Nov 8, 2006

## Reasoning Skills Brain Teaser

By: Caroline Latham

**Puzzle:**

Marie, Claude, and Jean are in a competition. Here are their results:

- The youngest person received the least points.
- Claude got half of the points of the eldest.
- Jean received as many points as both others combined.

**Question:**

Who is the eldest ?

**The Brain Exercise:**

This puzzle uses planning and reasoning skills. You read the statements and then must develop a plan to solve the problem using your reasoning skills. These skills are found predominantly in your prefrontal cortex. This area of your brain is responsible for executive functions such as planning, structuring, and evaluating voluntary, goal-directed behavior, i.e., activities requiring the constant comparison of planned acts with the effects achieved.

If you’ve already got the puzzle figured out, click on the link below to find the answer.

**Solution:**

Start with statement #2 which tells us that Claude is not the eldest. So the eldest must be either Marie or Jean. Statement #3 tells us that Jean received the sum of the other two people’s points, and those point totals are not equal, per statement #1 (the youngest has less points than the other two). For Jean to be the eldest, Claude and Marie would each have half of the points of Jean has, but we know they can’t have the same amount of points. Therefore, Jean must have the most points, and Claude must be the youngest, but Marie is the eldest.

this does not make sense..

If the youngest person has least points

jean has the sum of equal points of the other two.. (claude has 1/2)

then, no person could be the youngest and jean would be eldest by common sense.

honestly who made this??

The puzzle says that Jean has as many points as the other two people combined, and those points are not equal given that the youngest person has the least amount of points.

Try it with Jean as the eldest. Say Jean has 10 points, then Claude must have 5 points, leaving Marie with 5 points. Then, there is no least amount of points and therefore, no youngest.

But what if Jean got the most points, Marie was the eldest, and Claude got half of MarieÃ¢â‚¬â„¢s points? Then it works. Say Marie got 10 points, then Claude got 5 points, and Jean got 15 points.

The eldest did not have to get the most points.

ItÃ¢â‚¬â„¢s tricky and tests your automated assumptions!

great fun! Nobody said that the competition was about points. Good reminder to read close.

Coen: that’s the spirit!

Pls i don’t get it.

Hello Jazz,

I was starting to write an answer but I cannot really improve Caroline’s…

Let’s start with “Claude got half of the points of the eldest.”

Given this, it is clear Claude is not the eldest. The 2 options now are Marie and Jean.

Now, to make things easier, why don’t you get pen & paper and imagine 2 scenarios, one with Jean as eldest, one with Marie as eldest? give real numbers. You will see that Jean cannot be the eldest and yet fulfill those 3 constraints, therefore the only answer can be Marie.

In any case, the real point here is to try!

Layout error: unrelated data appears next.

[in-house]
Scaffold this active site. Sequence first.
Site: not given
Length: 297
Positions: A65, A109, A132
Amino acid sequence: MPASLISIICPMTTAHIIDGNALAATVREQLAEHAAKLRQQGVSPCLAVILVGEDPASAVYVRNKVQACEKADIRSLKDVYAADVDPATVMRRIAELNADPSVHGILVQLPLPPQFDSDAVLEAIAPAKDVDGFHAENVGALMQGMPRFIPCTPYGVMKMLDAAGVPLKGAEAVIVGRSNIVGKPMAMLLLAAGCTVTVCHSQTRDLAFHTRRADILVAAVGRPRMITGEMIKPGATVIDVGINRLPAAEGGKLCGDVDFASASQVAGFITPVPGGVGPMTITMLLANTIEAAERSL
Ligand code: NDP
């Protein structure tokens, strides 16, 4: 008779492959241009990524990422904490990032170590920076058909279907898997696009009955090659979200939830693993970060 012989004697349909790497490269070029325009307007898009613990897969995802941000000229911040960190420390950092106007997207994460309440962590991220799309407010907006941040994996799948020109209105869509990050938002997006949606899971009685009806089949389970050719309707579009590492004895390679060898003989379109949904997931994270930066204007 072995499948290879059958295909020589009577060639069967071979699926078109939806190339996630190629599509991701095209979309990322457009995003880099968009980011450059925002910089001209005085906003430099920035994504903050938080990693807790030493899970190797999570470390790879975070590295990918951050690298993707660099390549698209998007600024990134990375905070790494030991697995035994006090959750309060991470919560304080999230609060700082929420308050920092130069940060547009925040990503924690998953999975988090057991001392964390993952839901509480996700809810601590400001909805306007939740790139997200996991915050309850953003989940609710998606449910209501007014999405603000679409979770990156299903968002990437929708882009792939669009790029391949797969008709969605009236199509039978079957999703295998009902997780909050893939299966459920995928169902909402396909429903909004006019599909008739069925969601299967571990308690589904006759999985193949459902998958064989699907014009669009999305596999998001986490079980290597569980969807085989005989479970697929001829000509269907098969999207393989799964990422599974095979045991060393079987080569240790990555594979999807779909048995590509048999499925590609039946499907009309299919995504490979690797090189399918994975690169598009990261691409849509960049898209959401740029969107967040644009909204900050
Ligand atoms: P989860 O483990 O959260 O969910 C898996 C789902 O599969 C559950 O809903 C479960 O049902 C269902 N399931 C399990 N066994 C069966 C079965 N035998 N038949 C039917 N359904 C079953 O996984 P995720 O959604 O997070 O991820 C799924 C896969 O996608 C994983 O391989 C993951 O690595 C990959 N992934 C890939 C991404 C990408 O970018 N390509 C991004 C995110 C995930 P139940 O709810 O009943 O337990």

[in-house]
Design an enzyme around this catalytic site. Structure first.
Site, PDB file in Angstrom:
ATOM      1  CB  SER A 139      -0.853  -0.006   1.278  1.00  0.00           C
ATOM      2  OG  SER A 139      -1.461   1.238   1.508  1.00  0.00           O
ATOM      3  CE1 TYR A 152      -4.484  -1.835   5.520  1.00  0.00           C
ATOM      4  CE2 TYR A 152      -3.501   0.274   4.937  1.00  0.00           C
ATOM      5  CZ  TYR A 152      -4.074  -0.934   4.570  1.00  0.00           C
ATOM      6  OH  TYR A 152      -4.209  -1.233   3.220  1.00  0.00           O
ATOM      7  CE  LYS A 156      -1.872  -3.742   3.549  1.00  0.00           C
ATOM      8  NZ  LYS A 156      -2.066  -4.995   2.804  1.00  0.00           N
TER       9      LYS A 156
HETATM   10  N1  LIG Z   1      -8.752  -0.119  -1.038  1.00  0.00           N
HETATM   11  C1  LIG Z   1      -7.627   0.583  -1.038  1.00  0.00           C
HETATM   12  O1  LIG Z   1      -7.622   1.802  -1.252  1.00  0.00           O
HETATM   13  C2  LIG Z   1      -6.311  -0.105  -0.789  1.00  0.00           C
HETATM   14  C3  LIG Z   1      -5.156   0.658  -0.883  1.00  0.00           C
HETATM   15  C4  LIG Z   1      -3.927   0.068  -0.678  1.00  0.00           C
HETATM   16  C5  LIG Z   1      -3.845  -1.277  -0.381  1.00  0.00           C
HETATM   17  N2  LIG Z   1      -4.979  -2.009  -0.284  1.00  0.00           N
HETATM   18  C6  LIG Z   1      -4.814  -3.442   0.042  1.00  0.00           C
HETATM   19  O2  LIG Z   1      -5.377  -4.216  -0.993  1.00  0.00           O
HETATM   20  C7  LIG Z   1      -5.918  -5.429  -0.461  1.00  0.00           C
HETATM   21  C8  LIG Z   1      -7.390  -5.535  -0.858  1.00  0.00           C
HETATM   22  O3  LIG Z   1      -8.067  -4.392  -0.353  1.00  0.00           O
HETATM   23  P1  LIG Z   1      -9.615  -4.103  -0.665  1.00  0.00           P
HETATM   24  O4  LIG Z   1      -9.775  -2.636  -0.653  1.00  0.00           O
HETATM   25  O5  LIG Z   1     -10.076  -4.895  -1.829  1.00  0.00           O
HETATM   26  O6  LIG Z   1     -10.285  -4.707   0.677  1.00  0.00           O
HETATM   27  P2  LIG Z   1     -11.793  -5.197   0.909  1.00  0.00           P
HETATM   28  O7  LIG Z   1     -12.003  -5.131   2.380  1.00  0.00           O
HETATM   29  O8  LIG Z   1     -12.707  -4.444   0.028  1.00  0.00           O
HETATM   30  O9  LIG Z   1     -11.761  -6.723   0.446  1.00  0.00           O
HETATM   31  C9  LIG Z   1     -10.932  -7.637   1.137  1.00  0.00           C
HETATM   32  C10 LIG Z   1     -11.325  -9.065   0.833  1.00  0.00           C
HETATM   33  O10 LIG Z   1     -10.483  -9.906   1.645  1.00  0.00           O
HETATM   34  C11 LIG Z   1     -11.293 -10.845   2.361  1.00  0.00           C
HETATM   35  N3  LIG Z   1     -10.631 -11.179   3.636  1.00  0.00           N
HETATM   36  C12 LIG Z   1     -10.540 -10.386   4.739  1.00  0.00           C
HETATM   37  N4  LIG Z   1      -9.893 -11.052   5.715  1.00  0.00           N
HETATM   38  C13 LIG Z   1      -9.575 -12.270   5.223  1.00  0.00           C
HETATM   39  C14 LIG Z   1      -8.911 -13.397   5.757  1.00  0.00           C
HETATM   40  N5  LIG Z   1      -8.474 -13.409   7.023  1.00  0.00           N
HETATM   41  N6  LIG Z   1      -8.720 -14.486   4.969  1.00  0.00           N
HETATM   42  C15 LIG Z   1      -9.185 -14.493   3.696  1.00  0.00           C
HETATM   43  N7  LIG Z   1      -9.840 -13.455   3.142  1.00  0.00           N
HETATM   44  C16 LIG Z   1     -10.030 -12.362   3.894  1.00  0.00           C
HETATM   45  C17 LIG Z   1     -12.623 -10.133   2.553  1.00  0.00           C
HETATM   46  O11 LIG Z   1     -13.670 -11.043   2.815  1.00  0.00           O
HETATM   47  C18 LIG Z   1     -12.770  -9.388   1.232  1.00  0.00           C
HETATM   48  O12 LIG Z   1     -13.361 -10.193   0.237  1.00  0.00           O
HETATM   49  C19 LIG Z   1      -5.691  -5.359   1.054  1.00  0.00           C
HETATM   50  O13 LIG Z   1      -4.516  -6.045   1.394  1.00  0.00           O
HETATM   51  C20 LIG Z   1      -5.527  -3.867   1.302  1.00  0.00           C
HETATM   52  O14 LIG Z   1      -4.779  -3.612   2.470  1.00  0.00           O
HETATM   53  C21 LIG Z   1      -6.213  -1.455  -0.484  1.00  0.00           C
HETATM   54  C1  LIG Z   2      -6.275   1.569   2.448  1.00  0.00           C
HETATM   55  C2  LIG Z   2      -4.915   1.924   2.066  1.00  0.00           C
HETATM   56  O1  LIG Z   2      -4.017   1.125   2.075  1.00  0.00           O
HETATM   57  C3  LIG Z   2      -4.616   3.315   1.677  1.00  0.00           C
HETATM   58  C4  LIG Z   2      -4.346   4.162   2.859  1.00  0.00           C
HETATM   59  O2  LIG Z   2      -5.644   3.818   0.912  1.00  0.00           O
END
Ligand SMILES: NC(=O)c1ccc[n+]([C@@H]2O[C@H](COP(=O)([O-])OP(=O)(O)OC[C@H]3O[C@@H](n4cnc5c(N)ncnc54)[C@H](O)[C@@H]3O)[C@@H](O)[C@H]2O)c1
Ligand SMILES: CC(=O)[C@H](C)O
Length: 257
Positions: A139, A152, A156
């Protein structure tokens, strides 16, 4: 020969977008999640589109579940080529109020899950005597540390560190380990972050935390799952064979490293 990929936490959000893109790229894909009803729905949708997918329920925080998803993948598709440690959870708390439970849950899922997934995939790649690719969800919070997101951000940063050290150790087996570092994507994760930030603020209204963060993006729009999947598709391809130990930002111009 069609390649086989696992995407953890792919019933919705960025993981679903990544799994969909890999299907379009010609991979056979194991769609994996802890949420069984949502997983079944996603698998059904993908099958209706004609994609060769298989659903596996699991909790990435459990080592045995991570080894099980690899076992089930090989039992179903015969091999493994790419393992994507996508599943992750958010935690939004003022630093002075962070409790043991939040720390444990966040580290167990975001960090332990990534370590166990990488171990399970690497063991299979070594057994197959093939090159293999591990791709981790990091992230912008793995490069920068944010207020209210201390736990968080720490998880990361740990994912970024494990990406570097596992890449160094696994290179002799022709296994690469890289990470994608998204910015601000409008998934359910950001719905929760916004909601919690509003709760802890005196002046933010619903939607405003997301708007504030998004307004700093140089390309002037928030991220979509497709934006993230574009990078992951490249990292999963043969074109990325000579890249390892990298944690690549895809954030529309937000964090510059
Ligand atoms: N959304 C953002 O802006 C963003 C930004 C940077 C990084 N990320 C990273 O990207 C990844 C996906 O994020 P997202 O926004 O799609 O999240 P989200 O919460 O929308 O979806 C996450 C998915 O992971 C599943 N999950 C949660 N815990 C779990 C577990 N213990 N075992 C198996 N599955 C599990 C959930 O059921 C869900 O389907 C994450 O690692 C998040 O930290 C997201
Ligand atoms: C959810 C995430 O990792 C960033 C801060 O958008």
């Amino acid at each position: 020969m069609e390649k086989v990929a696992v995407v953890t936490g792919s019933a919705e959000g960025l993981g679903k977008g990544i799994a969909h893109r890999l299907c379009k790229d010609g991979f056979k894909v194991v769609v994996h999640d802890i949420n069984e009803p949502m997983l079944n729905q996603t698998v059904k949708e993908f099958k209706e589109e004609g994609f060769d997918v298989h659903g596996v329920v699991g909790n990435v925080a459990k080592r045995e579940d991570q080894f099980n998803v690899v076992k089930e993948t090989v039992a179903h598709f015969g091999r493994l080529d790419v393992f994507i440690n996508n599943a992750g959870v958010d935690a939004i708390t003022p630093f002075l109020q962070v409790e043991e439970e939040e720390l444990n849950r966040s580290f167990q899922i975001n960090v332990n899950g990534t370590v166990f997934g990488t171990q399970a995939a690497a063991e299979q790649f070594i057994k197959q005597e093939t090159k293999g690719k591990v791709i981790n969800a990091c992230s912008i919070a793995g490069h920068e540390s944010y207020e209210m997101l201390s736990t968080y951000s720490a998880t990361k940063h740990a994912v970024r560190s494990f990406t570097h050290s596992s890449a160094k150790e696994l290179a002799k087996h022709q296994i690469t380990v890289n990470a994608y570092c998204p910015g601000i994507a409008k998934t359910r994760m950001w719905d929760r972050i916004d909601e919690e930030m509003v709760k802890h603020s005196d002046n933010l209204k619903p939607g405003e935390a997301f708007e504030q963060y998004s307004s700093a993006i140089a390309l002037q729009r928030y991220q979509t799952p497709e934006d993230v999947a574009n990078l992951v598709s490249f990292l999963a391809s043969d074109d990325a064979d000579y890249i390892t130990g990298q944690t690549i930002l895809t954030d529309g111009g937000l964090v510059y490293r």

For further explanation, let’s revert back from the solution and rephrase the 3 results.

From most points to least:

— Jean = 2x + x

— Marie (eldest) = 2x

— Claude (youngest) = x

- Based on the results as indicated by the puzzle, both results 1 and 2 point to Claude; therefore it can be combined and rephrased as:

“Claude is the youngest person with the least amount of points, which was half the amount of points of the eldest.”

Interesting website BTW. =)

Forgot to rephrase the 3rd result:

“Jean received as many points as both Marie and Claude combined”

I suspect some people may falsely associate the eldest with the most points to begin with, which may complicate the puzzle.

“Jean received as many points as both others combined.”

While to some, this sentence might imply:

j = c + m

(where the variable represents the number of points of the respective person)

To me, all says is:

j >= m + c

In which case, both Marie and Jean could be the eldest:

youngest: Marie with 1 point

middle: Claude with 2 points

eldest: Jean with 4 points

So either: I can’t understand English properly, there are two answers, or premise 3 is too ambiguous.

I’m disappointed in the educational system! Great puzzle. There is only ONE answer!

🙂

It should be specified that “least” and “eldest” means *strict inequality*.

Otherwise, j=c=m=0 is a solution, which doesn’t reveal information about age.

:0

Is it Jean?

Two

One

Jean us the eldest

It’s Jean.

j=c+m

nobody says that there was a set amount of point for these three people..so M can have any points in between C and J.

If M is the eldest ‘x’ points C has ‘x/2’ points so J has(j=m+c) x+ x/2 so Jean has more .. he is the eldest…

Claude and Marie can have the same age .

In that case she can have the same points as Claude and phare 2 is still true.

I see. Marie is definitely the eldest. It doesn’t say the eldest gets the most points. See if Claude gets half the points of the eldest, and marie is the eldest, Jean can have as much as both of them, example claude — 20, marie, 40, jean 60. jean = marie + claude, Claude = 20 = Youngest. Jean = 60 = Not oldest, but most points, Marie = 40 = 2x Claude = Eldest.

I dont see any possible solution that fits all the variables.

Yes Jean would logically be the elder:

“Jean received as many points as both others combined”

but if Claude’s points were half of Jeans”

“Claude got half of the points of the eldest”

Then Marie had to have the same number of points as Claude so the first line isn’t true:

“The youngest person received the least points”

it took time to realize but marie is definitely the oldest. lets say score was 105. c got half of the oldest. j got both combined. c=35. m=70. 35+70=(j)105